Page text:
Likelihood ratios can be calculated using the above formulas. They can also be found in some textbooks, journal articles, and online programs (see Table 1–6 for sample values). Likelihood ratios provide an estimation of whether there will be significant change in pretest to posttest probability of a disease given the test result, and thus can be used to make quick estimates of the usefulness of contemplated diagnostic tests in particular situations. A likelihood ratio of 1 implies that there will be no difference between pretest and posttest probabilities. Likelihood ratios of > 10 or < 0.1 indicate large, often clinically significant differences. Likelihood ratios between 1 and 2 and between 0.5 and 1 indicate small differences (rarely clinically significant).

Target Disease | Test | LR^{+} | LR^{–} |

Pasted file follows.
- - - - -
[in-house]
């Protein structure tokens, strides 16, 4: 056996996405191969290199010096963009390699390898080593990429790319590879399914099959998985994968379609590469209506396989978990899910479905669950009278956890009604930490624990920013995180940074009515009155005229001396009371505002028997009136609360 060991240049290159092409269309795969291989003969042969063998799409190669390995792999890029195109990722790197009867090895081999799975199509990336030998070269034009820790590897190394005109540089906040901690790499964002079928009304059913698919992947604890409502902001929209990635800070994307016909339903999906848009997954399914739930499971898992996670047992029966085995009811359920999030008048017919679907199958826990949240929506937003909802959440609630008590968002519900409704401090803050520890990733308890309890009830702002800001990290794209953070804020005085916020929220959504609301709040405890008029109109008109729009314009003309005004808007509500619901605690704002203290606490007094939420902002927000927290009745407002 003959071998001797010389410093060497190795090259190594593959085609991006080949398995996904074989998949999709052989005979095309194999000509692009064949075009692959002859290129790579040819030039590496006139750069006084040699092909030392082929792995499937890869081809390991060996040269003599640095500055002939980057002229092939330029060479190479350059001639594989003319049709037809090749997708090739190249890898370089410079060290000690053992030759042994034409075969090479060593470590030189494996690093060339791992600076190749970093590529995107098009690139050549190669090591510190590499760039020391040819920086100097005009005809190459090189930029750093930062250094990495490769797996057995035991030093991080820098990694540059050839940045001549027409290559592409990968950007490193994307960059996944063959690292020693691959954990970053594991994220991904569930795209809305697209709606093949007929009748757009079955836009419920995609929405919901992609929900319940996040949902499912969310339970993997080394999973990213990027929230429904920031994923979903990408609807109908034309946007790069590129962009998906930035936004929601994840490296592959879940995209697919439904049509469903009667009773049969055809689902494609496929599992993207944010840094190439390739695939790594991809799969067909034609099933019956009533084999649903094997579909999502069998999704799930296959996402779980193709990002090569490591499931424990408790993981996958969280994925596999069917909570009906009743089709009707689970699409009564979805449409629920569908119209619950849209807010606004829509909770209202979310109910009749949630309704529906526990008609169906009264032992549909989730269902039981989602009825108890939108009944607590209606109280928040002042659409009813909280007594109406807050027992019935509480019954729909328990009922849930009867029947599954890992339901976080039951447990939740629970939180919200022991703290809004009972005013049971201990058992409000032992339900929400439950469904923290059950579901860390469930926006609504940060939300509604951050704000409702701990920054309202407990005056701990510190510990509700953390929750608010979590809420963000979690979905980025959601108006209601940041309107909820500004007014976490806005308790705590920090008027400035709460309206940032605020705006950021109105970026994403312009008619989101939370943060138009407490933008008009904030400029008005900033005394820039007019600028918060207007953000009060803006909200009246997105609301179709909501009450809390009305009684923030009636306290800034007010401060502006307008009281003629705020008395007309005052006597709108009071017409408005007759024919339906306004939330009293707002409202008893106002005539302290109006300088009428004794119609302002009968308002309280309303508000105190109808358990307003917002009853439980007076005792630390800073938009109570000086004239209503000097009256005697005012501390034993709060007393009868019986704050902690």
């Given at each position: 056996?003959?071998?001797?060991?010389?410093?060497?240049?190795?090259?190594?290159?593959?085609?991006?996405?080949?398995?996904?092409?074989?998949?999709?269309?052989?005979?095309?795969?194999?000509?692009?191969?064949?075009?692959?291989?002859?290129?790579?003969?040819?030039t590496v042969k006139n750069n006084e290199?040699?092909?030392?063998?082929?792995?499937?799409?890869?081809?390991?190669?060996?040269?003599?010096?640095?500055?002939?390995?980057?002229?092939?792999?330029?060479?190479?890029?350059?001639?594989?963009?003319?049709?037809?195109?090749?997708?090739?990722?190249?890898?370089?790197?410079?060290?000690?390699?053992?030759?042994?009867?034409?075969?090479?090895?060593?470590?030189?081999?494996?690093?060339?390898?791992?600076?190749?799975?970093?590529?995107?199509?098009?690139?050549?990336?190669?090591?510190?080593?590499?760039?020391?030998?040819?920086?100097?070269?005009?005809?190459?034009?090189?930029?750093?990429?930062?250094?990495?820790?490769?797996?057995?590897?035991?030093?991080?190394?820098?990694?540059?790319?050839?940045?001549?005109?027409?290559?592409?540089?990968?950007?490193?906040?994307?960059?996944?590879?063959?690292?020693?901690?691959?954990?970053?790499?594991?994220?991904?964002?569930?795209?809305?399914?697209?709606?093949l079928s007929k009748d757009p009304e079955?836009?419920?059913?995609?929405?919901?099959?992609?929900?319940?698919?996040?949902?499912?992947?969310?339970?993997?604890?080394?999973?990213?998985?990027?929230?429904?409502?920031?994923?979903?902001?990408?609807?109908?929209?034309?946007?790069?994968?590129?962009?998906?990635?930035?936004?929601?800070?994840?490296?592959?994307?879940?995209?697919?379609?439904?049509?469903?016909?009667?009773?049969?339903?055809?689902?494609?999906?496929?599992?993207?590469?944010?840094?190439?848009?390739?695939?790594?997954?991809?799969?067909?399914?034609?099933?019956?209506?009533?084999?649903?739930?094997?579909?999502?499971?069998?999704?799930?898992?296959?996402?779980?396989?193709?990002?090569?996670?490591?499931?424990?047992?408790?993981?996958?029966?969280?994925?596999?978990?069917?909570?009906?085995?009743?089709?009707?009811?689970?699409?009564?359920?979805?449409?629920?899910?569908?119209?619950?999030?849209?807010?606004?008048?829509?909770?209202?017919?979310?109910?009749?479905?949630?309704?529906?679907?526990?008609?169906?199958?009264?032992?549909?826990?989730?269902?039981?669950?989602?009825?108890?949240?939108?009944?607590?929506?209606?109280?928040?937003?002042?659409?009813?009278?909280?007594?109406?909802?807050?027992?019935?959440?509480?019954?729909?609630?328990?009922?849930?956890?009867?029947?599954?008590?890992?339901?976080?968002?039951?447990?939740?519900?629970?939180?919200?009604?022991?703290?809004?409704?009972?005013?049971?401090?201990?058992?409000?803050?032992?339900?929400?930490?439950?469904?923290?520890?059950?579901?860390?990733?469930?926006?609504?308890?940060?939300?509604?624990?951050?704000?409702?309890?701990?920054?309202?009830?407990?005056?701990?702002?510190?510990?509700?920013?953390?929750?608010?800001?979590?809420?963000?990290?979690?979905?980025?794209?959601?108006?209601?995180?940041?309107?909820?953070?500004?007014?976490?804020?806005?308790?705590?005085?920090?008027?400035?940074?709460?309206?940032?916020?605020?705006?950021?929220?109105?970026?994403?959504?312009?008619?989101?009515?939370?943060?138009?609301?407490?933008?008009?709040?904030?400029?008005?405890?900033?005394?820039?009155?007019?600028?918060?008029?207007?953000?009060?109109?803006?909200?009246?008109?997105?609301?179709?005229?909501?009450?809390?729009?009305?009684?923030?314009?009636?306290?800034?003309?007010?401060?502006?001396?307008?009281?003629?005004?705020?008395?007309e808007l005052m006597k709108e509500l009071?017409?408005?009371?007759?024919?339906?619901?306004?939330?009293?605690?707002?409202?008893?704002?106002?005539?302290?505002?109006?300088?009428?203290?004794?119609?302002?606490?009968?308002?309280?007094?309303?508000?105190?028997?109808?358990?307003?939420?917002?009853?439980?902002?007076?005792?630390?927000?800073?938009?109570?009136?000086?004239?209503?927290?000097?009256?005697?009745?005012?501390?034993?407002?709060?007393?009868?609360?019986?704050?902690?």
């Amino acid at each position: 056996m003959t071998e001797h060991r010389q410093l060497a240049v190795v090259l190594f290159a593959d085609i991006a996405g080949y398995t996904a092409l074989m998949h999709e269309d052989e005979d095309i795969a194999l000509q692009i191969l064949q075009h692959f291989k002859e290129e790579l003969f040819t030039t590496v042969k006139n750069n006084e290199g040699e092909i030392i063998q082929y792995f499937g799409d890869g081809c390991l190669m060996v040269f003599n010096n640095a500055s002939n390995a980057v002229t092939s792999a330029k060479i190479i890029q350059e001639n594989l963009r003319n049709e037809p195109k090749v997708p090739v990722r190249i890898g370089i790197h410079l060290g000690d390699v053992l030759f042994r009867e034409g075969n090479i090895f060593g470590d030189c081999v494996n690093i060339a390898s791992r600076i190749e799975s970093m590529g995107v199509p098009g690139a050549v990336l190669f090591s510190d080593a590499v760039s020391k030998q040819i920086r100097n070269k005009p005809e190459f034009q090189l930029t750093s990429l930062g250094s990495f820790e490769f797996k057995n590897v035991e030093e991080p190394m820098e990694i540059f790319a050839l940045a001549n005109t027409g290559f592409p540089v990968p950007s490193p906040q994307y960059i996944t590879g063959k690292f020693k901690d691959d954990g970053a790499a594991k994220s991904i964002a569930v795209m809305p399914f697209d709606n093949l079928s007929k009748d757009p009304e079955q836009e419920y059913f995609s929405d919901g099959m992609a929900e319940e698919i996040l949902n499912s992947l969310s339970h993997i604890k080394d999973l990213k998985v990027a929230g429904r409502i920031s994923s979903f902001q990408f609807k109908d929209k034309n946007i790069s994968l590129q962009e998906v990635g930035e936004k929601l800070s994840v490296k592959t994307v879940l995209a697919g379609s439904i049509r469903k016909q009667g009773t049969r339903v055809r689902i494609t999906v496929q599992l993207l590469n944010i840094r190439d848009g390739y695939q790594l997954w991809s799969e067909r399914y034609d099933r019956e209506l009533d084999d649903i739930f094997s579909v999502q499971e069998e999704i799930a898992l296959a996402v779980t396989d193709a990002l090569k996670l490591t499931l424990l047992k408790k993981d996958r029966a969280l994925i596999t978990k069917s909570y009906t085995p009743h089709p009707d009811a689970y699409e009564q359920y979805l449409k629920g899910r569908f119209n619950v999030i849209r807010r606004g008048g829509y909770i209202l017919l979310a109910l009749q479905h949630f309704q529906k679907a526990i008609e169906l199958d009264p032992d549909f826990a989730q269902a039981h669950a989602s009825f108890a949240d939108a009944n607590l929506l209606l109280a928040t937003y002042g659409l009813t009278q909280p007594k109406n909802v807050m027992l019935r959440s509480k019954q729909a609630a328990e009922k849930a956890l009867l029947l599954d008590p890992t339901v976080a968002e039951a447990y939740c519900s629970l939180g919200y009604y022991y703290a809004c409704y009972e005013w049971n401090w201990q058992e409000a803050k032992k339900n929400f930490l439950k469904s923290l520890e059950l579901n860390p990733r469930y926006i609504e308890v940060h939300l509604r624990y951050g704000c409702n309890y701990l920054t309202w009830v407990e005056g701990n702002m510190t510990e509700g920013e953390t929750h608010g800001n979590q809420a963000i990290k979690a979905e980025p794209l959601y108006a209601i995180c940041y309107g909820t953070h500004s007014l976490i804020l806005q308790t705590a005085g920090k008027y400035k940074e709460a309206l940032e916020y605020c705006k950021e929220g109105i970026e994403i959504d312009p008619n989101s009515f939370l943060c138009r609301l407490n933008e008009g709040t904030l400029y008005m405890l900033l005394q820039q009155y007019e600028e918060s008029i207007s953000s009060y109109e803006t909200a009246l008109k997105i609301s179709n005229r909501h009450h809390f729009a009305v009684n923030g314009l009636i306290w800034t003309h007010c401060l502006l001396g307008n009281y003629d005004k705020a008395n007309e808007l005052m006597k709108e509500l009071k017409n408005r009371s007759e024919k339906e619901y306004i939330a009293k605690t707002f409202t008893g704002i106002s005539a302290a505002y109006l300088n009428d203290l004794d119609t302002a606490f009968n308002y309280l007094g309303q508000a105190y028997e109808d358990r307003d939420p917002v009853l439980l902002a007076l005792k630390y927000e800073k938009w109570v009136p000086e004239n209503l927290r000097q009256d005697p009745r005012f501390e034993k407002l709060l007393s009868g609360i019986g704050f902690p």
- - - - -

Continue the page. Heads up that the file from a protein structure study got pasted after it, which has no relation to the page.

---|---|---|---|

Abscess | Abdominal CT scanning | 9.5 | 0.06 |

Coronary artery disease | Exercise electrocardiogram (1 mm depression) | 3.5 | 0.45 |

Lung cancer | Chest radiograph | 15 | 0.42 |

Left ventricular hypertrophy | Echocardiography | 18.4 | 0.08 |

Myocardial infarction | Troponin I | 24 | 0.01 |

Prostate cancer | Digital rectal examination | 21.3 | 0.37 |

The simplest method for calculating posttest probability from pretest probability and likelihood ratios is to use a nomogram (Figure 1–7). The clinician places a straightedge through the points that represent the pretest probability and the likelihood ratio and then reads the posttest probability where the straightedge crosses the posttest probability line.

**Figure 1–7.**Nomogram for determining posttest probability from pretest probability and likelihood ratios. To figure the posttest probability, place a straightedge between the pretest probability and the likelihood ratio for the particular test. The posttest probability will be where the straightedge crosses the posttest probability line. (

*Adapted and reproduced, with permission, from Fagan TJ. Nomogram for Bayes theorem*. [